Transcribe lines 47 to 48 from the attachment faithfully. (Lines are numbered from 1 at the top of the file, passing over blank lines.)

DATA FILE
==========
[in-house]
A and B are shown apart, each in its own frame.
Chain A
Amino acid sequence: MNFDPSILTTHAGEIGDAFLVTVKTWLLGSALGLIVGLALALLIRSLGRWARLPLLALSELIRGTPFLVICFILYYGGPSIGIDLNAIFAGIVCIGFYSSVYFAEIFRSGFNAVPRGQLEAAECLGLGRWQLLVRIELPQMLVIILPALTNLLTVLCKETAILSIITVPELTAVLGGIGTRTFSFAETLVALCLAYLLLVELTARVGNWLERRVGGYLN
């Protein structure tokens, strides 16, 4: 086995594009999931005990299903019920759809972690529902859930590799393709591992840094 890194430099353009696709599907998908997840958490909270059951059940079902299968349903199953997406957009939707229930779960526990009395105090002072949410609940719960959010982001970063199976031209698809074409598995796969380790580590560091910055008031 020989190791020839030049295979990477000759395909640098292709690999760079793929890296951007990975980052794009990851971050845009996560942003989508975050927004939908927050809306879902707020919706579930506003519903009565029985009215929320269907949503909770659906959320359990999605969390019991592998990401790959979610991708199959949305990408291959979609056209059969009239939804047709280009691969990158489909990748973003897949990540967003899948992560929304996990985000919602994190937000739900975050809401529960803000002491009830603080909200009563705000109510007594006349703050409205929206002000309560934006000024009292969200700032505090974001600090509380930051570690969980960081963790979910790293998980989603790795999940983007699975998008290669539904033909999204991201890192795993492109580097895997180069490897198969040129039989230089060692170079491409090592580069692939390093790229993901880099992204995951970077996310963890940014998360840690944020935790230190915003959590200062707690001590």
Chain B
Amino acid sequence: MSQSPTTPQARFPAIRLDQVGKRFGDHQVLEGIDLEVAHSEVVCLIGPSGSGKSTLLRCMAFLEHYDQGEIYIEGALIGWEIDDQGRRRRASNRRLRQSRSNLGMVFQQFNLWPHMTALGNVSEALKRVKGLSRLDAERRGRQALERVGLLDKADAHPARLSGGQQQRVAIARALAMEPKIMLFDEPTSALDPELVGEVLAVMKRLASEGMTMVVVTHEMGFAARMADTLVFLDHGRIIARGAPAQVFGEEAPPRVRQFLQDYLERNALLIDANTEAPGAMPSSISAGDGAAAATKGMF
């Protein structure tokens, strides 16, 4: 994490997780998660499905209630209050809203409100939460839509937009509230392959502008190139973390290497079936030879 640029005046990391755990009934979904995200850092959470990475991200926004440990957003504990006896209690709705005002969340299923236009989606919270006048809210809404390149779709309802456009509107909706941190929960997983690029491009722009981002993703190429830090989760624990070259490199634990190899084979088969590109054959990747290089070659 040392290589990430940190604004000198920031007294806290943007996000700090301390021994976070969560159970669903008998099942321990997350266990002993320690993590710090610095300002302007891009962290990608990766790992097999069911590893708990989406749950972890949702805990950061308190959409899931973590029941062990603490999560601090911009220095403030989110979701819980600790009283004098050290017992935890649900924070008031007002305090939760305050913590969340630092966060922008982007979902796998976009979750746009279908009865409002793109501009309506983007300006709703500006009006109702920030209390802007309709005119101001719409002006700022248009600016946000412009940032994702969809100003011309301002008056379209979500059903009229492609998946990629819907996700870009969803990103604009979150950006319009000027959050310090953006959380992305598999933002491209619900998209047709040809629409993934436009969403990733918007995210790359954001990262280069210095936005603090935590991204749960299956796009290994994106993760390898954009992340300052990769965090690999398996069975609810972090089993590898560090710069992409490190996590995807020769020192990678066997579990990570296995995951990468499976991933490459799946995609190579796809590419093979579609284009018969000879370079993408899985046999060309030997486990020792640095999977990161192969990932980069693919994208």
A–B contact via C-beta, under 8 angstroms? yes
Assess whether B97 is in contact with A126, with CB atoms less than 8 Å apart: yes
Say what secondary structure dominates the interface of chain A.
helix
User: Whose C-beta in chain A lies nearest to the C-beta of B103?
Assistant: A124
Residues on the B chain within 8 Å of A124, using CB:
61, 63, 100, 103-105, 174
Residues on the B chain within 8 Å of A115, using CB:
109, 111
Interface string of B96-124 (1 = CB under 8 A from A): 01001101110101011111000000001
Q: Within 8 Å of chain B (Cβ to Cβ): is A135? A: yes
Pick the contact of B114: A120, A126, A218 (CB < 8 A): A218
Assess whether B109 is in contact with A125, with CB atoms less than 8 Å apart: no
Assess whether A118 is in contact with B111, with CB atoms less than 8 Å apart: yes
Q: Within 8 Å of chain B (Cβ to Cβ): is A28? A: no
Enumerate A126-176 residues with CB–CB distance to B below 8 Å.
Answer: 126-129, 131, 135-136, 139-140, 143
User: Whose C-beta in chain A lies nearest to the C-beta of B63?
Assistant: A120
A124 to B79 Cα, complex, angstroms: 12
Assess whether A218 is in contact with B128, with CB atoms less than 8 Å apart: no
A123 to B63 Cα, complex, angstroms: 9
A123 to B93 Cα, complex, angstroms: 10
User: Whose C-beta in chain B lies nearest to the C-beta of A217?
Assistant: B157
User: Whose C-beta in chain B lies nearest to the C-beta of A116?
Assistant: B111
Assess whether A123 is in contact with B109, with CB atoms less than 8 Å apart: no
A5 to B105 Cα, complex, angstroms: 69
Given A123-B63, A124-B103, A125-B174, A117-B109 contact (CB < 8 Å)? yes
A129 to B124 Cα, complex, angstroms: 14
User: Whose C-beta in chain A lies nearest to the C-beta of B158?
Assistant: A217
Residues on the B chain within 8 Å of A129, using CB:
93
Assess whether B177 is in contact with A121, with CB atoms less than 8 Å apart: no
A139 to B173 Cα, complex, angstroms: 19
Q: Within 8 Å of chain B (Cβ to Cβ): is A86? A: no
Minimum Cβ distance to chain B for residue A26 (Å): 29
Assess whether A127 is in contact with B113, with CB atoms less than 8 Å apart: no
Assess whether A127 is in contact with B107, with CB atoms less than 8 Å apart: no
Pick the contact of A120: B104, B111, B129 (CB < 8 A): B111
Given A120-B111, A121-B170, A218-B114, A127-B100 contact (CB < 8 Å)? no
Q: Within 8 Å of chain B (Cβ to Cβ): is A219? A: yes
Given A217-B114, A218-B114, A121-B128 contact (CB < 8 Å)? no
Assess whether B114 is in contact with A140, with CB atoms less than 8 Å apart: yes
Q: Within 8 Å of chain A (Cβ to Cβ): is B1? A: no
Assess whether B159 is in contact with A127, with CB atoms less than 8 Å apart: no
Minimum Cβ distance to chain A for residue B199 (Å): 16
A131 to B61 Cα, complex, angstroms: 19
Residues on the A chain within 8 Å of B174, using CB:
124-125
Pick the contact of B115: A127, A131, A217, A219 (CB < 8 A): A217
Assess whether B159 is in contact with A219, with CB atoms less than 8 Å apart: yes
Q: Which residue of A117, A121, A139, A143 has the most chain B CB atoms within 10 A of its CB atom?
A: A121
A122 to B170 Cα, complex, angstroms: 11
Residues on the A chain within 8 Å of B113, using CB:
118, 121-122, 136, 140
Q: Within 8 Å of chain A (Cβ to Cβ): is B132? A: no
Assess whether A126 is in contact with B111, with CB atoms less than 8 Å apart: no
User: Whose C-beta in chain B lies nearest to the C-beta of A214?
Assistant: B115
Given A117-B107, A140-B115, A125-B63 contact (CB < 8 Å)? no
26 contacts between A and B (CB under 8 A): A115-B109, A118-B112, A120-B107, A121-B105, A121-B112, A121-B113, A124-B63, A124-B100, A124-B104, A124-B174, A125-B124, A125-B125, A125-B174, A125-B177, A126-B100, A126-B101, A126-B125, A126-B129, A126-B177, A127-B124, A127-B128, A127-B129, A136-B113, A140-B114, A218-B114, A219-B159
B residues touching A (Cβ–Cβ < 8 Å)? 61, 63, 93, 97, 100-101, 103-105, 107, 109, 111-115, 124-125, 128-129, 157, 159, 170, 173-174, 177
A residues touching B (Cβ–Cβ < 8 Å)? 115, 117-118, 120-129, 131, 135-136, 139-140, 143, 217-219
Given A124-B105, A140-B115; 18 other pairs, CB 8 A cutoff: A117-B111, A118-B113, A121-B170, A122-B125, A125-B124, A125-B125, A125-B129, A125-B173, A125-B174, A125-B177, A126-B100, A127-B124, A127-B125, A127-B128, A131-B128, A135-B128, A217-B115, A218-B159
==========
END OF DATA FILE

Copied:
Q: Within 8 Å of chain B (Cβ to Cβ): is A86? A: no
Minimum Cβ distance to chain B for residue A26 (Å): 29